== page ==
In the state of Tamaulipas, organized crime groups also are heavily fragmented. Several competing organizations call themselves the Gulf cartel, and much of the violence in the state is the result of intense fighting among them. Reynosa is in the midst of a particularly brutal period as remnants of the Gulf cartel vie for control of the plaza, or drug-smuggling corridor, centered there. At the root of the struggle are two groups of the Gulf cartel's Los Metros faction. Their battle started when leader Juan Manuel Loza Salinas, aka El Toro, was killed by Mexican security forces in April 2017.

(Stratfor)

According to multiple reports, large numbers of gunmen from Los Escorpiones have descended on Reynosa to support one of the warring Los Metros factions. Los Escorpiones, a group of enforcers, were initially established by Antonio Cardenas Guillen (aka Tony Tormenta), the brother of former Gulf cartel leader Osiel Cardenas Guillen, before Antonio was killed in 2010. Los Escorpiones have been resurrected by Cardenas Guillen's nephew Alfredo Cardenas, and they have been able to consolidate his control over the Matamoros plaza. Cardenas' dispatch of large numbers of enforcers to Reynosa appears to demonstrate the strength of his faction of the Gulf cartel. It could also be a sign that he is seeking to re-establish control over the territories formerly run by his infamous uncles. If Cardenas and Los Escorpiones are able to regain control over the region, the violence could diminish - but it will likely require a lot more bloodshed to eliminate all the opposition.

(Stratfor)

The city is under the control of the Cartel del Noreste, or Northeast cartel, a remnant of the Los Zetas controlled by the Trevino family.

The fight for control of the Yucatan Peninsula between remnants of Los Zetas and the Gulf cartel also continues, with violence occasionally spilling over into resort areas in the Riviera Maya. There are a lot of moving pieces among the Tamaulipas-based organized crime groups, and friction is resulting in high levels of violence. And that brutality will continue unless a significant change alters the fractured nature of organized crime in the region.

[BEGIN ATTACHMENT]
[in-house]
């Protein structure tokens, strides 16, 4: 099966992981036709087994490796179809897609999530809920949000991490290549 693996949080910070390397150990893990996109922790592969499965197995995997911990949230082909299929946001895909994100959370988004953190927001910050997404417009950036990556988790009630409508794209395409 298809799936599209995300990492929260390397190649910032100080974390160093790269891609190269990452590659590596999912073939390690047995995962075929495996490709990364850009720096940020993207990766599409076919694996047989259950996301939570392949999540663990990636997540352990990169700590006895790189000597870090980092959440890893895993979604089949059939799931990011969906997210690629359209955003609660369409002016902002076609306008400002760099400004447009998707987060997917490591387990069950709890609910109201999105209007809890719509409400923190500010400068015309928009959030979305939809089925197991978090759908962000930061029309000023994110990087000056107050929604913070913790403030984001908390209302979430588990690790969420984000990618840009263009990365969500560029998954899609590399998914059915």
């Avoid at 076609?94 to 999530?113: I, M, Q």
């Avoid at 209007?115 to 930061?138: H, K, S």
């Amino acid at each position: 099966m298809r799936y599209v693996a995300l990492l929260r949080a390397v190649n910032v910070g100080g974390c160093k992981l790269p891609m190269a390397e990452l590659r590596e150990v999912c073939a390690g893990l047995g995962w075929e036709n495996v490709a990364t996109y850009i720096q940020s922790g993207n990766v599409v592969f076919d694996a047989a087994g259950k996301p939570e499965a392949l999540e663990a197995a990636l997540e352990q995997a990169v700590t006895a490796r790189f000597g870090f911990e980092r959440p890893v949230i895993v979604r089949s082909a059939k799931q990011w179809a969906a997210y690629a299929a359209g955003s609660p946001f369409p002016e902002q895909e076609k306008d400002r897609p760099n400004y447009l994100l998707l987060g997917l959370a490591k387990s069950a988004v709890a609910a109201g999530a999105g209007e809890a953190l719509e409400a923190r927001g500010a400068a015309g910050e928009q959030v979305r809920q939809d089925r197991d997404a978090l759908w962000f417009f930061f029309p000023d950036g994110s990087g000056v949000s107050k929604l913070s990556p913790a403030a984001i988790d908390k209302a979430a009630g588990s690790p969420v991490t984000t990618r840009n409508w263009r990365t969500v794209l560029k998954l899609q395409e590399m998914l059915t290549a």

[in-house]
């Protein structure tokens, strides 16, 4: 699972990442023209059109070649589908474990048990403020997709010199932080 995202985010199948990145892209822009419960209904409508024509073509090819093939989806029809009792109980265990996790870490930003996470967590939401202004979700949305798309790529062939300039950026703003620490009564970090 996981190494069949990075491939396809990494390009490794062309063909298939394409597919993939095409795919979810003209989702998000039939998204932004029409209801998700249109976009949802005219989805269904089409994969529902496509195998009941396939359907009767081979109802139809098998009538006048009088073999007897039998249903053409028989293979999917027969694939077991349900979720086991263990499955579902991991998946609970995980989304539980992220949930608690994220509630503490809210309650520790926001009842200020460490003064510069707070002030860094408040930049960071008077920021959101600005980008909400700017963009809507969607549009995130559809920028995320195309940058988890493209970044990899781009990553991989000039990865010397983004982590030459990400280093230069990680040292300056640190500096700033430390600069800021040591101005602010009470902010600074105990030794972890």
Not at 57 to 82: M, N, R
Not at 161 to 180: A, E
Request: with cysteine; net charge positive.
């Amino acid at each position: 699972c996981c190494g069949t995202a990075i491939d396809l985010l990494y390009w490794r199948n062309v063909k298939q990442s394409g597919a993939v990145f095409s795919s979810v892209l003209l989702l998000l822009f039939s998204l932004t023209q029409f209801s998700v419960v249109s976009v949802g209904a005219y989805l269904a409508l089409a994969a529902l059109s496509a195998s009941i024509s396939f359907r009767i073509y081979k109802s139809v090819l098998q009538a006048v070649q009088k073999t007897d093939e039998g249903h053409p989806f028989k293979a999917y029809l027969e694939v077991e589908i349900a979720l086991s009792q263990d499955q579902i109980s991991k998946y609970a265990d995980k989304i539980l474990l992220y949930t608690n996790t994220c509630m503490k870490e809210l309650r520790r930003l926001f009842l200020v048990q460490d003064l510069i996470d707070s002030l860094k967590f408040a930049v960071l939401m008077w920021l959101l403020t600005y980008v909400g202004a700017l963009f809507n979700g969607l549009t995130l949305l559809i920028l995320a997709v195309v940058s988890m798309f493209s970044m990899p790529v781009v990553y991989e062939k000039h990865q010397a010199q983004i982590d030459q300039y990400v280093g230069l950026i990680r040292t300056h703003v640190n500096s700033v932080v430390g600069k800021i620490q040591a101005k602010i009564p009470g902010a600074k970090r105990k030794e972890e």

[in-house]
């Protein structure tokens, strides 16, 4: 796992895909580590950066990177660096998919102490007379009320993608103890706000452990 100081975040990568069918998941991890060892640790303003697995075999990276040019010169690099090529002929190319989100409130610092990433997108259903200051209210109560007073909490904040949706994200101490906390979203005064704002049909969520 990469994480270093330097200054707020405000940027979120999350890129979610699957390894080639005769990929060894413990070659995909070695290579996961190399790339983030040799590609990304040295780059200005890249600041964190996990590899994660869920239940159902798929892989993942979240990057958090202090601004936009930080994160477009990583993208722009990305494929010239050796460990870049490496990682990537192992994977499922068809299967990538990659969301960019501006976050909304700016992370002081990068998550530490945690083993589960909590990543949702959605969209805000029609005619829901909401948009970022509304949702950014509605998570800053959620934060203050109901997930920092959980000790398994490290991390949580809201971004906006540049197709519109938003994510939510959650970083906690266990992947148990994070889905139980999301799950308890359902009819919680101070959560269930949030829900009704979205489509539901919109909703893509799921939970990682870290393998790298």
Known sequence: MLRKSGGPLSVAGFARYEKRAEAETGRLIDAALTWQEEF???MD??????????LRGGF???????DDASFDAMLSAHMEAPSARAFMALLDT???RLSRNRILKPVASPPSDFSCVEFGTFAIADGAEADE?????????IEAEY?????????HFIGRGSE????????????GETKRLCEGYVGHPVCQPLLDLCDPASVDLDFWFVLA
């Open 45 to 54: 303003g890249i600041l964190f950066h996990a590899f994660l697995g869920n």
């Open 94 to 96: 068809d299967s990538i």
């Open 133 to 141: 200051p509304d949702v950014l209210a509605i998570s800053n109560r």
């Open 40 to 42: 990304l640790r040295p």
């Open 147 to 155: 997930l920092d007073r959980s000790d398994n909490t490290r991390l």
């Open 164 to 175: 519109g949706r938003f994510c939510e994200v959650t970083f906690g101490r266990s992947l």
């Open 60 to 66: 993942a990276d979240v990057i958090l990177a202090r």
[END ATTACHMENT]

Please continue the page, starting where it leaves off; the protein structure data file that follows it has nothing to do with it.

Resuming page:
Staying Safe South of the Border

While most of the violence in Mexico involves cartels fighting other cartels and the government, it is certainly not focused exclusively on those targets. There is a continuing risk of collateral damage because of the military-grade weapons used by the cartels and the running gunbattles they have with one another and the government, which can cover significant territory. The smaller groups that survived the cartel breakups are less capable of transnational drug trafficking. This means that they are often forced to rely on more localized crimes, such as kidnapping, extortion, cargo theft, carjacking and fuel theft, to raise operational funds. These non-trafficking crimes can pose a significant risk to companies and their employees if heavily armed criminal gangs turn their guns upon civilians to extort, rob or kidnap them.

(Stratfor)

Most travelers and expatriates can avoid the violence if they stay away from trouble spots at night, pay attention to their surroundings and observe good, commonsense personal security measures. That said, almost no part of Mexico is completely immune. Violent incidents, including kidnappings, murders and the arrests of cartel figures, continue to happen even in areas generally considered safe.

"Tracking Mexico's Cartels in 2018" is republished with permission of Stratfor.